Buy Cyvasse Board
In the A Song of Ice and Fire novels, Cyvasse is a board game which originated in Volantis, and spread through many of the other Free Cities. Due to Dorne's heavy trade contacts with the Free Cities, it recently spread there as well, starting in the first year of King Joffrey Baratheon's reign. It first arrived in the port at Planky Town, then spread up the Greenblood River valley. The game is all the rage in House Martell's court at Sunspear. It has not yet spread to the rest of the Seven Kingdoms, though soon after Tywin Lannister's death, the game is newly introduced to the capital, and Margaery Tyrell and her handmaidens are observed trying to learn the rules. The game is popular among both highborn and lowborn, and there are Cyvasse parlors in Volantis.
buy cyvasse board
During the sea voyage from Pentos, one of Tyrion's new companions, Haldon Halfmaester, teaches him the game; he quickly becomes an expert player. He plays it often in the fifth novel against various people, and mostly wins. His is careful to learn what his adversary's overall strategy is, offensive or defensive, then play accordingly. During the slave auction, he brags about his cyvasse skills as a selling point, and indeed wins a lot of money for his new master Yezzan. Tyrion also uses cyvasse to play a meta-game with his opponents, to learn their personalities and real-life strategies. When the sellsword "Young Griff" (actually, Aegon Targaryen, the son of Rhaegar and Elia) played against Tyrion, he boldly committed all of his powerful pieces from the beginning - from which Tyrion deduced that he was brash, arrogant, and easy to lure into a trap. In contrast, when the sellsword Brown Ben Plumm played against Tyrion, his style was entirely reactive, cautiously playing to survive instead of to win - an accurate reflection of Ben's character, as the sellsword switched sides twice (from Daenerys Targaryen to Yunkai, then back again) depending on who he thought was more likely to win, because he was more concerned with ending up alive at the end.
George R.R. Martin described the board game as loosely a cross between Chess, Stratego, and Blitzkrieg. Martin did not, however, develop a full set of rules for the game, instead advising fans to take elements from these other three games, then "mix well and add imagination".
Martin actually said that he intentionally didn't develop a full set of rules for cyvasse: he compared this to the old advice that writers are not usually songwriters as well, so if they want to include a character in their book who is master-songwriter, they should only describe the character as "a master-songwriter", not attempt to invent songs to quote within the book - nothing they invent will live up to the level of ability their character is supposed to have within the story. Similarly, Martin explained, he is a writer but not a board game designer. In real life, Chess has been a classic game of strategy for centuries - popular among common people but also a masterful exercise for professional players. Cyvasse is the equal of Chess within Westeros and Essos - but Martin said that in reality he isn't actually capable of designing an entirely new board game the equal of Chess. Therefore, he simply described cyvasse as a Chess-like game, but doesn't feel he is capable of ever producing a full set of official rules for it (though he did encourage fans to make up their own if they want).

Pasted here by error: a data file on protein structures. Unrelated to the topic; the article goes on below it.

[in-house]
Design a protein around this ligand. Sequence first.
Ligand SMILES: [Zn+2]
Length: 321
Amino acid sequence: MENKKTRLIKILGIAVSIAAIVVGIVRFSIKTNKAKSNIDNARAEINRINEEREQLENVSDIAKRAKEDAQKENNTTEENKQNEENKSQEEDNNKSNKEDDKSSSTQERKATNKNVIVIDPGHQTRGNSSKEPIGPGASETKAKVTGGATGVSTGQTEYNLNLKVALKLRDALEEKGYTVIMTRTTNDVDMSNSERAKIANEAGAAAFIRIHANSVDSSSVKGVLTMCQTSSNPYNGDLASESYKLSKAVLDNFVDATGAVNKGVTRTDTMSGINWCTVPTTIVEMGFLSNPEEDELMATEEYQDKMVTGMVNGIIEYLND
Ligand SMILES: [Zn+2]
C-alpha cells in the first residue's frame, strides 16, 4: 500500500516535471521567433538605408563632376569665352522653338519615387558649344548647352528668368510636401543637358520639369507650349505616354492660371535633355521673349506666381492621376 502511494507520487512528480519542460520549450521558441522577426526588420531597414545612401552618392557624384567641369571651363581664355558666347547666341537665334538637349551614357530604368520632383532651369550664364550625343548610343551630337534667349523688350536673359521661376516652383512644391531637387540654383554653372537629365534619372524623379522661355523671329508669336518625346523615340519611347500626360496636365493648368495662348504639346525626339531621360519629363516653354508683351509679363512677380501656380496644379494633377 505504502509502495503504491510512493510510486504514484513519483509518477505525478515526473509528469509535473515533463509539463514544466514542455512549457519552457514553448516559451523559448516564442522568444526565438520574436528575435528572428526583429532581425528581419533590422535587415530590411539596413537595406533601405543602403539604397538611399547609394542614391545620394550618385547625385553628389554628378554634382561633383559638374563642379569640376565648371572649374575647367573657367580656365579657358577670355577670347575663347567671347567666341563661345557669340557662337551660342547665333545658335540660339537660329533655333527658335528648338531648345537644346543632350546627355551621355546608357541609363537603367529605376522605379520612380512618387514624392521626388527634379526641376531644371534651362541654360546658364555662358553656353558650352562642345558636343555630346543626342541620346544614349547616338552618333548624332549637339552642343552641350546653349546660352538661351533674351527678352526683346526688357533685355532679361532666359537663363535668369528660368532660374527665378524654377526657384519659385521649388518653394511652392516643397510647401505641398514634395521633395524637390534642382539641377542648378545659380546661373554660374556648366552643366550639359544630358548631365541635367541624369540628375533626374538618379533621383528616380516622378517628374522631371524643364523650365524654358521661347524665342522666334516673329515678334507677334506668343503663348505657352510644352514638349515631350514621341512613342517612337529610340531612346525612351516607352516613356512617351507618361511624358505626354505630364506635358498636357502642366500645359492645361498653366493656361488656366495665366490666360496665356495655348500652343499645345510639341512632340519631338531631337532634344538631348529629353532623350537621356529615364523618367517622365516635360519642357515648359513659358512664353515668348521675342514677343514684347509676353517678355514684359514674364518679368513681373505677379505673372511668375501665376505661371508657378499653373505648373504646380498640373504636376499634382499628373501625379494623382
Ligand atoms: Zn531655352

The game is played by two players, usually one using white pieces and the other black pieces. Somewhat like Stratego, each player actually sets up their own side of the board before the game begins, allowing them to position several obstacles such as mountains. Dragons can "fly over" mountain pieces. A screen is put between the two players when they are setting up so they can't see what the other side is doing, but the screen is taken away when the game starts (in Stratego, neither player can see the identity of the other player's pieces, and thus a player can position landmine pieces in strategic positions). Players take turns moving apparently one piece for one move each turn.
The details here are amazing. Each piece is hand-drawn and laser engraved. The board and pieces have been hand-finished and waxed for protection. The 88 board has a screen, 66 land tiles, 46 player pieces, and two different sets of rules. This is going to kill it on game night.
Case in point is a board game designed by Michael Le Page, medical scientist and PhD student by day, board game enthusiast and Game of Thrones fan by night. Inspired by a Cyvasse set that appeared on Thingiverse last year, he decided to make his own.
His set, therefore, looks quite different to the traditional square board seen in games like chess, draughts and previous versions of Cyvasse. The board is hexagonal, with three different colours of hex on the grid -- neatly hollowed out so the pieces can slot in, a design choice born of cutting costs by minimising the amount of print material required.
The finished set, available on Shapeways, comes in at a total of $304 (AU$322, 179) plus shipping for the board and each of the two sets of pieces. You can read more about the development of the rules on the Westeros forum, and take a closer look at the set in the video below.